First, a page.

Food waste has entered the cosmetics market as an evolution “from an environmental aspiration to an improved revenue opportunity, building off an existing business practice”, highlighted David Tyrrell, Global Skincare Analyst for beauty and personal care at Mintel.
Organisations have recognised the relationship between developing enhanced sustainability strategies and revenue growth: “There is growing awareness among food manufacturers that a zero waste strategy can have potentially sizable revenue returns.”
“More companies will emerge to remove natural actives from food wastes to feed the growing luxury personal care markets,” added Tyrrell.
“A growing number of food and cosmetic manufacturers realise the economic potential for the business, and are willing to invest,” said Tyrrell.
“It also spotlights a commitment by these companies to find more inventive approaches to reducing carbon footprint, and push forward with their sustainability plans,” emphasised Tyrrell.
“It is early, but commercialised launches using ‘food waste’ are encouraging, and suggest that the economics are reasonable. The practice has the potential to be part of other companies’ sustainability portfolios,” Tyrrell went on to say.
Food waste would still need to satisfy all requirements relating to ingredients including all safety testing, and arguably ensure that each batch falls within a defined activity i.e. antioxidant range.
“The highly valued natural actives produced from these side streams would be supplied to the cosmetic industry,” added Tyrrell.
Case study: L'Oréal
L'Oréal is one example of a global company with a leading APAC presence that has pushed its sustainability drive within the cosmetic industry.
As a result, it has adopted a multi-prong strategy that includes tackling food waste by implementing the inclusion of active ingredients extracted from the discarded husks of the superfood, quinoa, and applied to cosmetic products.
It is not only the larger multinational conglomerates that will be handling food waste to build their cosmetics ranges: “More start-ups will appear trying to tackle food waste and establish their own eco-ethical messaging.”
“L'Oréal’s influence, for example, cannot be understated [and] this can motivate other brands to look into a similar ingredient sourcing plan.”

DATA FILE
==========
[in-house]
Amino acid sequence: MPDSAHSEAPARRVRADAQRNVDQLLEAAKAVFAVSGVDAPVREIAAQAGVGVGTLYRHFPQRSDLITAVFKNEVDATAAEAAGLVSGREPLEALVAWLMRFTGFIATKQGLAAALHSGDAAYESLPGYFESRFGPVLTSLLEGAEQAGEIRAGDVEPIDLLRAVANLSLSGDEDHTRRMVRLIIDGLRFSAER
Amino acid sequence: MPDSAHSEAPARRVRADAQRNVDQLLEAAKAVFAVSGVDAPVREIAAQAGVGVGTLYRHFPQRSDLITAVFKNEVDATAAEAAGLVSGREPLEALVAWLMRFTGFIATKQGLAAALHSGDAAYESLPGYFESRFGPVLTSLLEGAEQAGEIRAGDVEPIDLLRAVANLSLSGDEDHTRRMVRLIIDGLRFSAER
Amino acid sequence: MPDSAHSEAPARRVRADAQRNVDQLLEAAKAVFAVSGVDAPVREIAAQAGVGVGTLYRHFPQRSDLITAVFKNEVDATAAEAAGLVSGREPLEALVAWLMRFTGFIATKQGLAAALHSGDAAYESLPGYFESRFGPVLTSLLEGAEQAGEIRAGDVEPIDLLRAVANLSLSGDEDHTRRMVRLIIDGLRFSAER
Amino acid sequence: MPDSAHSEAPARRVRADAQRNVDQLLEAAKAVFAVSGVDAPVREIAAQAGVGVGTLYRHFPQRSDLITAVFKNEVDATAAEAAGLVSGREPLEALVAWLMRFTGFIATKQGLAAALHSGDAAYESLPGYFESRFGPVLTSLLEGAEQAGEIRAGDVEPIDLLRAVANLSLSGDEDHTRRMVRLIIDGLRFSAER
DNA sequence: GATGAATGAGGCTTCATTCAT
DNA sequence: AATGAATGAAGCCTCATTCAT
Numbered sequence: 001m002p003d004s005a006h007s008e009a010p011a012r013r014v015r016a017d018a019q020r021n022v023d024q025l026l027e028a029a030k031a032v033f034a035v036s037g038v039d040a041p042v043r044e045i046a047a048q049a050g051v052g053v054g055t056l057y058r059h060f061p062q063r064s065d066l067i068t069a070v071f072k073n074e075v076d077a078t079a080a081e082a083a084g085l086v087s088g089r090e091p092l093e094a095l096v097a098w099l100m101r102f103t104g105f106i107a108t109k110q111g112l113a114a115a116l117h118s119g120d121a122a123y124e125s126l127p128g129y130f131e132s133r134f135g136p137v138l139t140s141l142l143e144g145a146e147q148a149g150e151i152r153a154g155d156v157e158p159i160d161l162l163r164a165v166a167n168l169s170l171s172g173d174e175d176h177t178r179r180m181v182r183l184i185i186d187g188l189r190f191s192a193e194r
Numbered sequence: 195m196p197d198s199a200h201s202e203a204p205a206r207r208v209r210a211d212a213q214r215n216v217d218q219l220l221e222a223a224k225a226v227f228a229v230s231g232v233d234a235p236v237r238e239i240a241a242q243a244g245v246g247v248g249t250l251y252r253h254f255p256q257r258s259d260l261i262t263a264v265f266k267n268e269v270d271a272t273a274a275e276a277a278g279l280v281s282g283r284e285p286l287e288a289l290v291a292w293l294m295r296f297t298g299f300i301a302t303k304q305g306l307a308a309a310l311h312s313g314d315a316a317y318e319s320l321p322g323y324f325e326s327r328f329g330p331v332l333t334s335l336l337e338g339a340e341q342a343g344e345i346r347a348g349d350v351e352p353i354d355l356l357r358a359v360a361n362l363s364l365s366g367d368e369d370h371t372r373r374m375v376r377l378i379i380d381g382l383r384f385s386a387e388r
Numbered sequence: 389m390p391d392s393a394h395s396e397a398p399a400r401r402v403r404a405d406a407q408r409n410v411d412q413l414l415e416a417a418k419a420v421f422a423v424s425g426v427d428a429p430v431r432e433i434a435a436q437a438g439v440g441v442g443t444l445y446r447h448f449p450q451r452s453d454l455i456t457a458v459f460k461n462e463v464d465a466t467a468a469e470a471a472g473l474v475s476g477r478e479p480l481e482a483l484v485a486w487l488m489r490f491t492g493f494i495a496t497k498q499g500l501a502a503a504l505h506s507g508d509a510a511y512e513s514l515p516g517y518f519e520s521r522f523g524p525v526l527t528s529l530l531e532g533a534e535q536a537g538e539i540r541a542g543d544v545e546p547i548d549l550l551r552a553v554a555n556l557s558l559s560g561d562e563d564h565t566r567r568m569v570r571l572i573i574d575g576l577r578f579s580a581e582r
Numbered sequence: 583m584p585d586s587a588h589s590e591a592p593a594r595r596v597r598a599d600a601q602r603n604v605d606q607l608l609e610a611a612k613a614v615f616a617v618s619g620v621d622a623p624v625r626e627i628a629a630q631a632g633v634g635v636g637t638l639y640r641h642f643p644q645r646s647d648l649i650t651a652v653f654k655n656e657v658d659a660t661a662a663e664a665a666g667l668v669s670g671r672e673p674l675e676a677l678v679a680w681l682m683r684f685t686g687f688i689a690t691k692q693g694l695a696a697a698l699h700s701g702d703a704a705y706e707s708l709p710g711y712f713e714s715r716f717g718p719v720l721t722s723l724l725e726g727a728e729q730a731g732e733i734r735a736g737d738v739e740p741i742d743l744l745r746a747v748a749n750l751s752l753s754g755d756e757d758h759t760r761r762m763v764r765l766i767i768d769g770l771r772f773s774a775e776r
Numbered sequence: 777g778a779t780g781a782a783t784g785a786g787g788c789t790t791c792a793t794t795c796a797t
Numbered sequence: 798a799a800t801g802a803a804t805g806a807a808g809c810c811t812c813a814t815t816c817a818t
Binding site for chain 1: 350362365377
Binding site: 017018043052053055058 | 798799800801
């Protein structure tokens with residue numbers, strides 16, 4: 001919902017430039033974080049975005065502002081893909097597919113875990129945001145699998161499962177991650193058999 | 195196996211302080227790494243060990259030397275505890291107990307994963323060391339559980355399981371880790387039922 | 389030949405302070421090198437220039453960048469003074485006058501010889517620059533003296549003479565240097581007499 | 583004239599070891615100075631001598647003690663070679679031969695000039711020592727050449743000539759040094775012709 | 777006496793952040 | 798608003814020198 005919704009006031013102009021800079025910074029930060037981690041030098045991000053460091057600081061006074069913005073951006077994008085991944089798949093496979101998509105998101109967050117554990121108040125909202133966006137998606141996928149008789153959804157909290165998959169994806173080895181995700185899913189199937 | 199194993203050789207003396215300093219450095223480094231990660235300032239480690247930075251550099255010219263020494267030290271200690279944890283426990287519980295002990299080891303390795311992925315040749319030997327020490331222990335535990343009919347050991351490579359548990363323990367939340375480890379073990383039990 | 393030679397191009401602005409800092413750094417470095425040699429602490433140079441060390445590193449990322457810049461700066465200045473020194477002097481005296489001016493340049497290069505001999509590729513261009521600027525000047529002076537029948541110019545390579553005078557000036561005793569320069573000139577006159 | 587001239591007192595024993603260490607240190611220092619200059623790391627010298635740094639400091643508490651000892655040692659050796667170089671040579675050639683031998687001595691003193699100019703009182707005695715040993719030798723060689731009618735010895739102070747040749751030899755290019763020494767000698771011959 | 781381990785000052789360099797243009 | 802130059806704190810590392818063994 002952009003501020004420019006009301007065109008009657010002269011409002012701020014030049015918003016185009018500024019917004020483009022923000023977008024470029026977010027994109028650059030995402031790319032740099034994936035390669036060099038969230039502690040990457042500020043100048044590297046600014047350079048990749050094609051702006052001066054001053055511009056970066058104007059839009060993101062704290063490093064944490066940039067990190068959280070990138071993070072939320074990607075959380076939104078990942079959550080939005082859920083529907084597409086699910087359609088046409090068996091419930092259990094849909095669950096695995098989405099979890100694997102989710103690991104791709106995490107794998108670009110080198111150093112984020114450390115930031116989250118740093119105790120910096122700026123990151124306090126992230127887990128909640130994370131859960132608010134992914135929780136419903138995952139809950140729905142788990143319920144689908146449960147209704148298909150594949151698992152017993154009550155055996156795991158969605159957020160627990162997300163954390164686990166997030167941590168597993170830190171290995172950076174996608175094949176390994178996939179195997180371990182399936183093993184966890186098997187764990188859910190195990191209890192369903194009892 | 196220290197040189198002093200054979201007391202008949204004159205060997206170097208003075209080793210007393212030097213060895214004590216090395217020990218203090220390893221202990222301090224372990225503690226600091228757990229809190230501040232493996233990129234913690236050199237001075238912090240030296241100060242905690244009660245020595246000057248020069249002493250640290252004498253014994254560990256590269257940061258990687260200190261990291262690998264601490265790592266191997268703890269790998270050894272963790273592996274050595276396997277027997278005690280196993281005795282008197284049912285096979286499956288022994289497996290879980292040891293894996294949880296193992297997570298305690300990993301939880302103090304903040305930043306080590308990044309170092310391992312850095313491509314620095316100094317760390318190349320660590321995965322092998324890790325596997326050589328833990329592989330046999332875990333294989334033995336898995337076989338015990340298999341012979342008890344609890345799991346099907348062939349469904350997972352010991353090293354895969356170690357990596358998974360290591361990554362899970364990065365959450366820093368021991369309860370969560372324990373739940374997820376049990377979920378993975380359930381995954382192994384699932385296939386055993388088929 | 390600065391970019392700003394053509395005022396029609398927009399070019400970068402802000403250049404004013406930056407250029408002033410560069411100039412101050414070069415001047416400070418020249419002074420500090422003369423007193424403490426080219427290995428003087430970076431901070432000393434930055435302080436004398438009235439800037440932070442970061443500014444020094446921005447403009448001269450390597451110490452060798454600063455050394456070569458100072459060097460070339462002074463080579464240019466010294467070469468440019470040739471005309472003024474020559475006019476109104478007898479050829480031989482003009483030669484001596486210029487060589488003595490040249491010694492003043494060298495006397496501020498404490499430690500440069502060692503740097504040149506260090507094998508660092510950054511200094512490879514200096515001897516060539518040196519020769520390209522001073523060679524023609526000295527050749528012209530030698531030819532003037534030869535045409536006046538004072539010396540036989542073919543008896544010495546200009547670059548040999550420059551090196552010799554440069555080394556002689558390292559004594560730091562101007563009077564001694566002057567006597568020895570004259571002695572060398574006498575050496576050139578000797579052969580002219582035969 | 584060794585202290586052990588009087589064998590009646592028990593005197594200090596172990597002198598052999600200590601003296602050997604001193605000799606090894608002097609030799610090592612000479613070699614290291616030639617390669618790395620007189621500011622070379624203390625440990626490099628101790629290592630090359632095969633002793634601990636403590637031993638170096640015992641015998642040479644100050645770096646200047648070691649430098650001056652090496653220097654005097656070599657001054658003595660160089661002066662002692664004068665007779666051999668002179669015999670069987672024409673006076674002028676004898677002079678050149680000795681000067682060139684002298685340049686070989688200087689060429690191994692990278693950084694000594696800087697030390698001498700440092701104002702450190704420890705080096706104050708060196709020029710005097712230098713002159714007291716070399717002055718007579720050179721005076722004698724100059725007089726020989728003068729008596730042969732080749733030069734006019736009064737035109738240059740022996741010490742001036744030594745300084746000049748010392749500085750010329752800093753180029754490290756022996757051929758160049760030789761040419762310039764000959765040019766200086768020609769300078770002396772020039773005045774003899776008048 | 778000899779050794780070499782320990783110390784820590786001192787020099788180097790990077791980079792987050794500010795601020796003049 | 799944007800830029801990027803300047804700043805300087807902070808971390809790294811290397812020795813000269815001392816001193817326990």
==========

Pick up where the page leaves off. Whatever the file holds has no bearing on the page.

Through the use of food waste, larger companies such as L'Oréal can build partnerships to build its strategy using the whole foodstuff for cosmetic purposes.
Manufacturers must, however, ensure that all food waste is “fresh to help minimise microbial issues and loss of active compounds that are negatively impacted with time”.
Key market: Singapore
Although Asia produces a considerable amount of the global food waste, currently “active ingredients from food waste have not been adopted by Asian cosmetic companies”, Tyrrell stated.
Singapore is a key market, however, as it is a major driver and innovator of sustainability practices and reportedly ranks first among Asian cities for environmental efforts. Numerous Singaporean startup brands aim to reduce food waste, which is likely to support local beauty startups in entering the natural actives marketplace.
Start up success
In this early stage, emotions are expected to drive the purchase of brands that use food waste. Many of the niche brands will concentrate on their environmental position and partner with the wider network including local grocers or farmers.
Focusing on the use of coffee grounds, niche brands are looking to “support local communities’ food waste reduction efforts”.
In the near future, the cosmetics industry anticipates that more beauty startups will “promote a healthy, natural message that also showcases the use of natural actives derived from food waste to reduce the human footprint”.